Roger Federer on Friday became past of the Twitter generation, gaining in excess of 170,000 followers within half a day of sending his first tweet.
The second seed at the French Open was a relative latecomer to the social media scene, but looks likely to quickly catch up with Serb Novak Djokovic, who can boast more than 1.8 million followers.
Federer said that he approached the Twitterverse with caution but is now happy to try it out.
“It’s early stages, clearly, so we’ll see how much I’ll do,” Federer said as he prepared for the clay-court major which he won in 2009, interrupting the string of success of rival Rafael Nadal. “It’s really connecting with the fans on a different platform than what I’ve done in the past.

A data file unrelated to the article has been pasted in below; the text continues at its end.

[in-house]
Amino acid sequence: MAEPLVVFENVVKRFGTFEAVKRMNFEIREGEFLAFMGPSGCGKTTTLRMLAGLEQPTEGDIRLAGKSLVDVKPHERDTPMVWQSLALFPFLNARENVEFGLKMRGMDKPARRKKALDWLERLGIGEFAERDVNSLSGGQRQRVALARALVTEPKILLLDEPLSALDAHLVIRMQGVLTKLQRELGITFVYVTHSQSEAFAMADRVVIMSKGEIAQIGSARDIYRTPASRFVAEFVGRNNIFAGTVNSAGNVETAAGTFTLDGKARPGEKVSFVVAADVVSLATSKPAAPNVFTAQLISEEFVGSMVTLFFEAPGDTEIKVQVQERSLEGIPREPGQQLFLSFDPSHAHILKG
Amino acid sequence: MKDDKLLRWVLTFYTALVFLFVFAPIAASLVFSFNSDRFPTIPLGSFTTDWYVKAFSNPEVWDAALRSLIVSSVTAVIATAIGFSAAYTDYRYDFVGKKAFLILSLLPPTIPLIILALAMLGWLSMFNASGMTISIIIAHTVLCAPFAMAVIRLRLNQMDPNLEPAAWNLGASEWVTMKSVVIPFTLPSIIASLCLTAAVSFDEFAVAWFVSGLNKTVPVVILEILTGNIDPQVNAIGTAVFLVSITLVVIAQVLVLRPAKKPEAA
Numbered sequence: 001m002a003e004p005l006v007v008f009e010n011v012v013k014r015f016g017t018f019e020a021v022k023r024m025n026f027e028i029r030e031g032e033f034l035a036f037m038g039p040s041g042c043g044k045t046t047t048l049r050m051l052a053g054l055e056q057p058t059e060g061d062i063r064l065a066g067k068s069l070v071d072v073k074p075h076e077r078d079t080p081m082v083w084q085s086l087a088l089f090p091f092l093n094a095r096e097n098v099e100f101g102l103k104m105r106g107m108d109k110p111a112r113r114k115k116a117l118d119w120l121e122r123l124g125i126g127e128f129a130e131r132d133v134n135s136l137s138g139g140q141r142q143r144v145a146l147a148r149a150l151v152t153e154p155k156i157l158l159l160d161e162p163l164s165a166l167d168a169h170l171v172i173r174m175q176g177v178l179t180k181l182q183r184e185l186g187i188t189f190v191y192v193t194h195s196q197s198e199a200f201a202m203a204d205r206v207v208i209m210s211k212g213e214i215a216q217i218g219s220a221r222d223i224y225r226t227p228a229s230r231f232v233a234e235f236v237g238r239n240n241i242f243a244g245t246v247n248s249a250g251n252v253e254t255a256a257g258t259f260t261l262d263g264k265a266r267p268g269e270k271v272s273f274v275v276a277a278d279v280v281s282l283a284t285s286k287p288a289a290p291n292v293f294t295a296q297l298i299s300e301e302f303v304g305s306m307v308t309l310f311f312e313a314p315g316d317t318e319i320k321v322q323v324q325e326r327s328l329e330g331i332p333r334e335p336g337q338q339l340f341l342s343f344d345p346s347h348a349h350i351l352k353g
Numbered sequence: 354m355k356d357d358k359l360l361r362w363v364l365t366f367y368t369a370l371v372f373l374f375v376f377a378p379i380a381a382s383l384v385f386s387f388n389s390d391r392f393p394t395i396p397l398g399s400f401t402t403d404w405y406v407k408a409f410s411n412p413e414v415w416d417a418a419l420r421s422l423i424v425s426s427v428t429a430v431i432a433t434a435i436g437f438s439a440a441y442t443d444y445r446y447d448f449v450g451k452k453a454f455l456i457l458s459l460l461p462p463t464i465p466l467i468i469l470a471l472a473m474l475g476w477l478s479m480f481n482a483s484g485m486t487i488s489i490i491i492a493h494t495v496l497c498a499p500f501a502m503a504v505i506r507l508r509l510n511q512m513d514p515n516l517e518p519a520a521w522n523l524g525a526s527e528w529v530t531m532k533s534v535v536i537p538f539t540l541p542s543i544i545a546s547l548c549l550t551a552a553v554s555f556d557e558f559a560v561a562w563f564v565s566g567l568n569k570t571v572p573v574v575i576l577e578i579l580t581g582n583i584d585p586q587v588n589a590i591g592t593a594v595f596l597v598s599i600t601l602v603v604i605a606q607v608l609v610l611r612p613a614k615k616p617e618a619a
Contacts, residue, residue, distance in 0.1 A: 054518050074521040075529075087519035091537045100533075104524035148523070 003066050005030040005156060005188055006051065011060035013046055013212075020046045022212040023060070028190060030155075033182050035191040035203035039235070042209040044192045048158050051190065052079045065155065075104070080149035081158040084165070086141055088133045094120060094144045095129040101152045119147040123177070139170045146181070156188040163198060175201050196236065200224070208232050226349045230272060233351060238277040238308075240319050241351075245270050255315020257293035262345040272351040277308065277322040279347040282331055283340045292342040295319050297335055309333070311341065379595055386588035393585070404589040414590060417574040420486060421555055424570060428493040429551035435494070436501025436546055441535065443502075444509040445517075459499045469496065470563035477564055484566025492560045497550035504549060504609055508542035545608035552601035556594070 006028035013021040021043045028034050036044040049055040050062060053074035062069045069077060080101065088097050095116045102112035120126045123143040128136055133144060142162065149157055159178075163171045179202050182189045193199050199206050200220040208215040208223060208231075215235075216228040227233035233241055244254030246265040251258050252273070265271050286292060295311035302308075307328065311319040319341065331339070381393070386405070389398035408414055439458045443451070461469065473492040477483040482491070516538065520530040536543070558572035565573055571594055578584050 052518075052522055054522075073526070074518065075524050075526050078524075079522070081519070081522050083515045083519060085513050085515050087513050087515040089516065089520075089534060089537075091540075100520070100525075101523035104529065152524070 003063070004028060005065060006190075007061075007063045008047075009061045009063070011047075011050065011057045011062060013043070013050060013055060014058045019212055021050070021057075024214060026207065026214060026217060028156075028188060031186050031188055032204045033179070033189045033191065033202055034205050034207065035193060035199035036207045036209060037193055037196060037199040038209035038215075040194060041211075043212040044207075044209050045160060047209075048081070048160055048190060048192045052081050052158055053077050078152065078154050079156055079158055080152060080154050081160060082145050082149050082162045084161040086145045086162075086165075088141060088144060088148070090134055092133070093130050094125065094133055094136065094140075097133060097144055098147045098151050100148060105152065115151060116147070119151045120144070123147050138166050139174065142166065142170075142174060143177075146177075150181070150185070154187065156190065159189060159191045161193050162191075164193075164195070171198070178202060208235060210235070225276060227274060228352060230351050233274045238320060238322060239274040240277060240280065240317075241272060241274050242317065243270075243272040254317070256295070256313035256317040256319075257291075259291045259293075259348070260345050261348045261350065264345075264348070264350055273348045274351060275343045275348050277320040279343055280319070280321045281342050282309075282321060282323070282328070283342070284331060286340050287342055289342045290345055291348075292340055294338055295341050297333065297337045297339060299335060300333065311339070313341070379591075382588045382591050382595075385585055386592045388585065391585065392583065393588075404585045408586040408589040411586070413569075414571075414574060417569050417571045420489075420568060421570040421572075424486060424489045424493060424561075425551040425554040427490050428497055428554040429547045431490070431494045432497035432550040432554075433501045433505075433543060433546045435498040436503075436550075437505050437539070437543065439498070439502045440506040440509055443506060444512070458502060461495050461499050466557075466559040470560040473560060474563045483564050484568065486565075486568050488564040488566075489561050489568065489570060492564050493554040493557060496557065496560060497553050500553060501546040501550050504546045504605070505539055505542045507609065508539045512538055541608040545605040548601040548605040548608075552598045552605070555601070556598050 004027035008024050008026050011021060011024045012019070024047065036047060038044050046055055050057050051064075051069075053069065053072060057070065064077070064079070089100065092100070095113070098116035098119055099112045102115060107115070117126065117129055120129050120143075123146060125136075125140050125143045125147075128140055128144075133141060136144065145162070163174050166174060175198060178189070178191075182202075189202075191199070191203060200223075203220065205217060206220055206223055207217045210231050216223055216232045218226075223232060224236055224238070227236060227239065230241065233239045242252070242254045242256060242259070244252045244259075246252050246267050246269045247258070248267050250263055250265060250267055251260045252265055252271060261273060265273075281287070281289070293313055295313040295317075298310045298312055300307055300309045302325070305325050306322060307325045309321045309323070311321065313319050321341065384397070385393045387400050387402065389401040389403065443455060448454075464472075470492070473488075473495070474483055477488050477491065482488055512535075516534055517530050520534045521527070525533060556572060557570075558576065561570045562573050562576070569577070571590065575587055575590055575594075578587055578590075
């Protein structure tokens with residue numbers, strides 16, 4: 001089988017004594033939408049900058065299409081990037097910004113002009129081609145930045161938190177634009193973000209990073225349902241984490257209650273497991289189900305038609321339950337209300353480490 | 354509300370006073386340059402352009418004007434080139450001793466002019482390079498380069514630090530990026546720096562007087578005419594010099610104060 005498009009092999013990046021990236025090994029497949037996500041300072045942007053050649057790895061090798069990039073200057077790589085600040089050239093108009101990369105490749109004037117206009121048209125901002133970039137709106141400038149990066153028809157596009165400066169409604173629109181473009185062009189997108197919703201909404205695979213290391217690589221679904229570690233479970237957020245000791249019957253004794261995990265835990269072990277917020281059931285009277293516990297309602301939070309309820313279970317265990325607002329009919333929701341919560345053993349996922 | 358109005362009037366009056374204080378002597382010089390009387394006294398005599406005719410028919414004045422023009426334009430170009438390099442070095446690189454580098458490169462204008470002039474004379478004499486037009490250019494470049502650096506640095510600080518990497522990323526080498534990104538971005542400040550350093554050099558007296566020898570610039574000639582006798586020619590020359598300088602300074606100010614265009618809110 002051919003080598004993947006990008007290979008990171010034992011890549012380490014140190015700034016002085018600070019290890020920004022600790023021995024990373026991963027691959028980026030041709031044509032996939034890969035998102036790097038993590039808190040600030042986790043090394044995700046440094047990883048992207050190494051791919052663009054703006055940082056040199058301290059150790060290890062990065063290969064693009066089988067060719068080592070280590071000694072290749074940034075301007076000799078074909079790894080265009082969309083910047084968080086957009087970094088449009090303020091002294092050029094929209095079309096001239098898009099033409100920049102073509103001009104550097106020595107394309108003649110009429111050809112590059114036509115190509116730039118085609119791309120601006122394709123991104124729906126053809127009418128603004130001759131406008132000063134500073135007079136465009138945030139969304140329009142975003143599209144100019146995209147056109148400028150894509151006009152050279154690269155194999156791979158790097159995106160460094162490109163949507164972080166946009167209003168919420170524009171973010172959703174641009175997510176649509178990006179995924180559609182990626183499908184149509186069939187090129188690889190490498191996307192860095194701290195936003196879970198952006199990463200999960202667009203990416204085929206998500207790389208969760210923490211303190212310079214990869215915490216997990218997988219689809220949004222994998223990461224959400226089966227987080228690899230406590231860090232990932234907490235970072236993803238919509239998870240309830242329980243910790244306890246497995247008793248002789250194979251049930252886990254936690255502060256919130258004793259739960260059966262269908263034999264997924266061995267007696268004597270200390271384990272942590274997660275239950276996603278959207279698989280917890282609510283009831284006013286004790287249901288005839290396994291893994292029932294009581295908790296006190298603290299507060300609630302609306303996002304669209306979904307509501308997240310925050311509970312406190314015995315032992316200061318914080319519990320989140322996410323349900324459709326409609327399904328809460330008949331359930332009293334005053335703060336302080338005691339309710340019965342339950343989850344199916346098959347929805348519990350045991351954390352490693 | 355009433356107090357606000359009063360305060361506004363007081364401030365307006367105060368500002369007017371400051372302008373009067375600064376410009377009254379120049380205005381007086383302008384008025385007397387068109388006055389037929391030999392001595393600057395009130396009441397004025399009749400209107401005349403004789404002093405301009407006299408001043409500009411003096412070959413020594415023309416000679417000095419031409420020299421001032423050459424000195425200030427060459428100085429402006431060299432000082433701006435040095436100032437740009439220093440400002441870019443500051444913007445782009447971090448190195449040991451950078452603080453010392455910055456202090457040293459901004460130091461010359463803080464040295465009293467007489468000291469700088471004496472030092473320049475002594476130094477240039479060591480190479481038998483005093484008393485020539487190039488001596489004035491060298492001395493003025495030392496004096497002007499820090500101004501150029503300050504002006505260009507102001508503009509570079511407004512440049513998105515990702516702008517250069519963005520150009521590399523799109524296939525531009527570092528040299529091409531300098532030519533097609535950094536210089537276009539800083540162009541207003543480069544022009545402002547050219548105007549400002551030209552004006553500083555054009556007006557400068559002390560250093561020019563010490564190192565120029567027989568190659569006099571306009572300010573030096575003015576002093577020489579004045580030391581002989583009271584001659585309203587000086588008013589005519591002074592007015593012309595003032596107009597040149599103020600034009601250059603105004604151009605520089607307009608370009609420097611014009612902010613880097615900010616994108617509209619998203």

“I wanted to see, just myself, how does it really work for the other players and other athletes and other people around the world.” Federer has been communicating on a modest basis on Facebook and through his website and charity foundation. Adding the popular Twitter platform seemed only logical.
“I wasn’t sure in the beginning, to be honest. For me to enter that right away was not the right thing to do. I wanted to first wait and see and only do it when I felt very comfortable and not get pushed into it by someone.
“At the end of the day, it’s got to be something I needed to feel comfortable with, and I did get many comments from many fans and followers that they would love to see me on Twitter.
“I said, ‘Okay, I’m happy to give it a try and have some fun with it.’ “At the end of the day, that’s why I’m doing it. We’ll see how it goes. We will see how much I will do in the future.”